Unattainable and untenable: Hearings expose problems in the early childhood development sector

Members of Parliament should be activists for early childhood development reform, ECD advocates said during oral hearings on the Children’s Amendment Bill.

The hearings started on Tuesday with a session on proposed ECD-related amendments to the Act. Stakeholders, including principals, organisations, lawyers and academics, were consistent in their pleas for holistic legislative and regulatory reform after decades of the sector struggling with untenable registration and compliance requirements.

Speaking to the organisation Ilifa Labantwana in November last year, Margaret Xhanyiwe Mathe, an ECD provider in Kraaifontein, described registration and compliance as “very complicated”, involving “too many government departments” and “unfair”. 

“I have to start at the town planning [department], then the town planning [department] has to take documents to another department, from that department to another department, from there to the fire department, then finally to the department of social development, where they will give me the certificate if I am approved,” she said. “Everything is taking so long. When we opened in April after the level one lockdown they gave us a period of six months to get registered, but it is impossible because all these departments are taking their time.”

Confronted with this impenetrable barrier of legal red tape, most ECD providers remain unregistered and, as a result, unsubsidised. These providers (primarily women) are plagued by uncertainty. “We are running the centres with fear because we don’t know what the department [of social development] is going to do,” said Mathe.

This system has a devastating effect on children, particularly those in poor areas.  According to an Ilifa Labantwana analysis, most children between the age of zero and five are not attending early childhood development programmes. More than one million children are in unregistered programmes. Fewer than one million children are in registered centres and only about 620 000 children attend a subsidised programme. A quarter of children under the age of five are nutritionally stunted. 

These figures reflect an alarming reality: South Africa has an early childhood development crisis. Without these building blocks in early life, children’s rights are undermined and they are not being given a fair chance to thrive.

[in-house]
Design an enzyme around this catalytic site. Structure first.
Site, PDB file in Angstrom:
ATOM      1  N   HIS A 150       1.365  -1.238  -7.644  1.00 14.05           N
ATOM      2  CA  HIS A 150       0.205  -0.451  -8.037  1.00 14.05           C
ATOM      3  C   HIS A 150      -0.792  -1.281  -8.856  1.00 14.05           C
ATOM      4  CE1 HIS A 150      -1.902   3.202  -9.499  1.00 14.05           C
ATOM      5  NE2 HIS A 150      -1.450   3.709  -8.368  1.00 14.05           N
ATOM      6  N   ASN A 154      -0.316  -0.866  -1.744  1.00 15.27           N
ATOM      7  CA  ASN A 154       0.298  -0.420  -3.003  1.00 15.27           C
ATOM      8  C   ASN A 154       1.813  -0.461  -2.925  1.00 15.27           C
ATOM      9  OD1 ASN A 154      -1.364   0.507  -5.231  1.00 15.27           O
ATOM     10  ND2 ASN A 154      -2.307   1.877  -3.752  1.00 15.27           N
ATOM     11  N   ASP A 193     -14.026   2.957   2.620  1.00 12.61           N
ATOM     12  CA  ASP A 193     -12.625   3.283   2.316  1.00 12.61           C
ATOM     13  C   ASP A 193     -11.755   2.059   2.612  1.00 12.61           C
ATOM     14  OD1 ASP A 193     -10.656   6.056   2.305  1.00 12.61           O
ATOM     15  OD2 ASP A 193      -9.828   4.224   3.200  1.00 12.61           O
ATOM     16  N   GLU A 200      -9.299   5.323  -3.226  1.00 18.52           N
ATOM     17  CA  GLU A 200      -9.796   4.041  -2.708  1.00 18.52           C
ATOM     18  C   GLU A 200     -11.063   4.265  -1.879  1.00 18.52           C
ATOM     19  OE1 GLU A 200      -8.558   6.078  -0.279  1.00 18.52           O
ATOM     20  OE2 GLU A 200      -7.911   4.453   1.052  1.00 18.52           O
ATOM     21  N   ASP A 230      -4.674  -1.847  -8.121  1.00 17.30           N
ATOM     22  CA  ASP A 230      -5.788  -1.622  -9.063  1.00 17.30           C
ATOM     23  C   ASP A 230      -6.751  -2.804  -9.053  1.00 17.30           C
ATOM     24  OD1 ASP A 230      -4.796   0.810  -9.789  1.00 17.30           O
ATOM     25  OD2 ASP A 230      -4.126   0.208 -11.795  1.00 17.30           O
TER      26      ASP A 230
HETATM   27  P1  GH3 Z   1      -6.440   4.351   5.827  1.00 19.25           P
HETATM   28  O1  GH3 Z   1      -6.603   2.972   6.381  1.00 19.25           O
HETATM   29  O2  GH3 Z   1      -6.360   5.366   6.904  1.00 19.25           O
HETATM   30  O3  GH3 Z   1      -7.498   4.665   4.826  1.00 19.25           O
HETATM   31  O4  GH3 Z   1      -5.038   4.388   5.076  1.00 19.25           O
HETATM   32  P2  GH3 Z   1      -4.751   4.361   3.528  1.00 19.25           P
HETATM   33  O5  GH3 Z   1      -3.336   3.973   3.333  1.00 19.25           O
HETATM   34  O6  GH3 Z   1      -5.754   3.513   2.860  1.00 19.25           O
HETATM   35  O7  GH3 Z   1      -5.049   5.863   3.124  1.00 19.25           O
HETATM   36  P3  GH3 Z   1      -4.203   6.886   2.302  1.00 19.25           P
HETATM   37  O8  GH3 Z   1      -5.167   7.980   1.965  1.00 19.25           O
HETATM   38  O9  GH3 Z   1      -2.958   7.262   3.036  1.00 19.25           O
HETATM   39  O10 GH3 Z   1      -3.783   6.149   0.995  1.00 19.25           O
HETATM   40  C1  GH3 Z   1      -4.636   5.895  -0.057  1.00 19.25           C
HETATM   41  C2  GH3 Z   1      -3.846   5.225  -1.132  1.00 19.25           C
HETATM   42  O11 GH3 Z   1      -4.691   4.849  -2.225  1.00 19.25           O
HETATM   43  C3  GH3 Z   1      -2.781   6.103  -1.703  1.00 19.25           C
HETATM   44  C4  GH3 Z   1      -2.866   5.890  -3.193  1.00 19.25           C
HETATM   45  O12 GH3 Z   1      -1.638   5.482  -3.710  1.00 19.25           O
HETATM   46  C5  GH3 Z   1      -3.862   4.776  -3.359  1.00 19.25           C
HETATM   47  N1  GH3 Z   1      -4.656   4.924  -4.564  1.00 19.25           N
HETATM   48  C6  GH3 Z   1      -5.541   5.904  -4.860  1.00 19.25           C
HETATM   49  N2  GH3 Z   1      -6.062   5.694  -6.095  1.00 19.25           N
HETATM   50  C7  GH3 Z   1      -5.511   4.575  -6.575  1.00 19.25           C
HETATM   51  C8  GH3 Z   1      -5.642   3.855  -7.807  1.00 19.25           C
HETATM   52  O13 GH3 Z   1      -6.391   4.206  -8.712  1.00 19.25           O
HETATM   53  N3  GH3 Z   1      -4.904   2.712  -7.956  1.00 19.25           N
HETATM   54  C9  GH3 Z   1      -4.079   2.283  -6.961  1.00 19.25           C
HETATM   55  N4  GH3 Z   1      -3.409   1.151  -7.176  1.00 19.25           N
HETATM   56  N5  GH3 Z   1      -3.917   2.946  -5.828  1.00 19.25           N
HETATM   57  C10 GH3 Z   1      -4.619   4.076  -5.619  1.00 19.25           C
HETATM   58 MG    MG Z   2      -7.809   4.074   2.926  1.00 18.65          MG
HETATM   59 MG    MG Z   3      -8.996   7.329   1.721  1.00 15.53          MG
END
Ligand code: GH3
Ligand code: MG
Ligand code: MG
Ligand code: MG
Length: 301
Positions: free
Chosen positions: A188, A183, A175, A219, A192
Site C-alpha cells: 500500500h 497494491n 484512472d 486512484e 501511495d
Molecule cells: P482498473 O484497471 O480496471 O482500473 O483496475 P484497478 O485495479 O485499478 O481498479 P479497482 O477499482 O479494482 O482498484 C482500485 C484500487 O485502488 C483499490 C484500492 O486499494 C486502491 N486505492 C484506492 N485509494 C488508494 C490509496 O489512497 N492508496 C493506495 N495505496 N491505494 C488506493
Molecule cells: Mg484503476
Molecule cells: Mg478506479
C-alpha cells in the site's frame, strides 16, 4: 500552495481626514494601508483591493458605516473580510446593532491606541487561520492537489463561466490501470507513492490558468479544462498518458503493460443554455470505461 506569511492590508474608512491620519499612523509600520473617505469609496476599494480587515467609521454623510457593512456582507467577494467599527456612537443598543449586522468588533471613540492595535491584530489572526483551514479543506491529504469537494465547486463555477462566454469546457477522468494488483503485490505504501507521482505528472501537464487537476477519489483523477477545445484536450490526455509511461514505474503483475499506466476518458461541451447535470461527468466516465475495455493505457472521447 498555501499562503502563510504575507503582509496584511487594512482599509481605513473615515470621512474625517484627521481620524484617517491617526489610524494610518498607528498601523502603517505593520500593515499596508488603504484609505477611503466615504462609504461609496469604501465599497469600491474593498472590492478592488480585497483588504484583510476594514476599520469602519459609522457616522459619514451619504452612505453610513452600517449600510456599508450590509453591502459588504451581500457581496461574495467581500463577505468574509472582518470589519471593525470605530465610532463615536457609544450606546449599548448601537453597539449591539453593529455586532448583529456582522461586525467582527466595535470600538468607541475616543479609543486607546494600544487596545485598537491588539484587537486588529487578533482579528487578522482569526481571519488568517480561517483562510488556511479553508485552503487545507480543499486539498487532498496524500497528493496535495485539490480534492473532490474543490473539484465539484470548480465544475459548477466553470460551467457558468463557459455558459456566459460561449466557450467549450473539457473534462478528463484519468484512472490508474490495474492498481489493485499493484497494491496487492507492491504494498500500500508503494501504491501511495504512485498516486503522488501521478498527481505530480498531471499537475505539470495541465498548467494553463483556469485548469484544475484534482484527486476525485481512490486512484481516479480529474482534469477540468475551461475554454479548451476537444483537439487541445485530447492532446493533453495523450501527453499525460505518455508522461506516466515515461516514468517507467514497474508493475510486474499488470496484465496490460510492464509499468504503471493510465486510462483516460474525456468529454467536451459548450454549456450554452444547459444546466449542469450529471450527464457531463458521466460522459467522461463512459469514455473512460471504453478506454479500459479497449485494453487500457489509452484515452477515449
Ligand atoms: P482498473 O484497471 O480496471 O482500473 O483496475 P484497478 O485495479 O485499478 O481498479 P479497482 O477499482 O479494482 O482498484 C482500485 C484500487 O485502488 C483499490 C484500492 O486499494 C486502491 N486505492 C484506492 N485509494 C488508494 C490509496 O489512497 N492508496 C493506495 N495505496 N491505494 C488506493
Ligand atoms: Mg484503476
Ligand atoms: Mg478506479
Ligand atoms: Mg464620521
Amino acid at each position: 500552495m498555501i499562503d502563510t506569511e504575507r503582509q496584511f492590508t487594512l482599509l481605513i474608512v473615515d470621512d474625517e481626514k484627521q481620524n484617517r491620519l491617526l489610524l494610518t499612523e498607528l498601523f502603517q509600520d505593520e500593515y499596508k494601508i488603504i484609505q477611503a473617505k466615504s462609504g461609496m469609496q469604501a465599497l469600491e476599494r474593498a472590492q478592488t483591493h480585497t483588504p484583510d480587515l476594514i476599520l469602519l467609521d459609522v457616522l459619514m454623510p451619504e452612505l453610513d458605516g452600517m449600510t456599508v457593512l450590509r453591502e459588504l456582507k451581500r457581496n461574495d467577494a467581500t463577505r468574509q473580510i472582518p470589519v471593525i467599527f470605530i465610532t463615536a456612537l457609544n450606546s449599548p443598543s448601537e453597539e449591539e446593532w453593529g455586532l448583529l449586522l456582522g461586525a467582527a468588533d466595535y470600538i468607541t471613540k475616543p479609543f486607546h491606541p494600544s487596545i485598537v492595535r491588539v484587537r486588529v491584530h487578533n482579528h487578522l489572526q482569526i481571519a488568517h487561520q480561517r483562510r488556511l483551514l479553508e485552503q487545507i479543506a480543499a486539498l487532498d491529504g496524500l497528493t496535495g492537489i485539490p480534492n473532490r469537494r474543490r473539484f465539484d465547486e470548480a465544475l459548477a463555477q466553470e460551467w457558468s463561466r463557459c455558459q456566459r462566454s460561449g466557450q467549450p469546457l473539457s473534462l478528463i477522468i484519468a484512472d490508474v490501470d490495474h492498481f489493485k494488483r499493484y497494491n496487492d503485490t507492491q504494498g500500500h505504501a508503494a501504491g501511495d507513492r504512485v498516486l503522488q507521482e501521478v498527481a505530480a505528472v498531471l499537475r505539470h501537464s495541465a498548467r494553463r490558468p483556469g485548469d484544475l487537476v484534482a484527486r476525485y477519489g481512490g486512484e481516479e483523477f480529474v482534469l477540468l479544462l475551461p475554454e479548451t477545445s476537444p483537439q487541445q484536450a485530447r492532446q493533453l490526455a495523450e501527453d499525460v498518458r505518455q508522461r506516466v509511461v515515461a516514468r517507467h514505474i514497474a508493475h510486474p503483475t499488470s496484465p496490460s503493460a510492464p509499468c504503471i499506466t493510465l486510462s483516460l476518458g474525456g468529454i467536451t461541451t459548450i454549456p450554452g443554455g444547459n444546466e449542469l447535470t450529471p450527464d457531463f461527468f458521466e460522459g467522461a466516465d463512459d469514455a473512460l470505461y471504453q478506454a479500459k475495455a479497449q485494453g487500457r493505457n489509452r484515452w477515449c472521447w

Missed opportunity

For more than a decade, the ECD sector has called for legislative reform and the development of an enabling legal framework. There was a sense of optimism when the Bill was tabled before parliament in August last year. The hope was that the amendments would ease the legislative roadblocks. Instead, the Bill’s proposed changes did little to address the most severe issues affecting the provision of early childhood development. 

Even worse, the Bill proposed regressive measures, such as diluting the mandatory obligation to prioritise provincial funding to poor areas (by turning it into a discretionary power). Inconsistent terminology was also introduced, threatening to weaken the pro-poor mechanisms in the Act, which are crucial for bringing ECD providers into the regulatory fold.

In response to these developments, stakeholders initiated the real Reform for ECD campaign. Viewing the Bill as a missed opportunity, campaign supporters — including 182 organisations and more than 1 500 individuals — called for more holistic and meaningful reform. More than 1 600 submissions on the ECD aspects of the Bill were submitted to parliament. 

The South African Local Government Association objected to the Bill on the basis that municipalities were not adequately consulted. Poor consultation and coordination with the department of basic education on the Bill was also raised as a concern, particularly in light of the imminent migration of ECD services from the social development department to the education department.

Plea for coherent reforms

Facing the wave of objections to the ECD-related aspects of the Bill, the parliamentary portfolio committee on social development said last week it would be inclined to reject the Bill’s ECD amendments and deal with them in a second amendment process.

During Tuesday’s oral hearings, stakeholders emphasised that while the Bill’s amendments were largely inadequate and could not be adopted as is, any second amendment bill process would have to be considered urgently and within a clear timeframe. They also urged that there be a departmental “champion” to drive the process to ensure reforms are not left in limbo again.

In response to the presentations, the portfolio committee chairperson, Mondli Gungubele, said: “You shook us emotionally, you stimulated us intellectually, you woke us up on serious issues.”

When oral hearings resumed on Wednesday, the education department presented its views on the Bill. Its submissions reflected many of those presented by ECD stakeholders. It called for a single, comprehensive early childhood development chapter and a streamlined registration system. 

Also encouraging was the department’s response to a question from Gungubele about the call for urgency regarding the second amendment bill and the need for a departmental champion. The department put up its hand to be that champion.  

These developments are positive; however significant work still lies ahead. MPs must provide active oversight over the law reform process and be engaged activists in the call for real ECD Reform. 

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Nurina Ally
Nurina Ally is a lecturer in the law faculty at the University of Cape Town.
Rubeena Parker
Rubeena Parker is the head of research at the Equal Education Law Centre.
Tess Peacock
Tess Peacock is the director of the Equality Collective.

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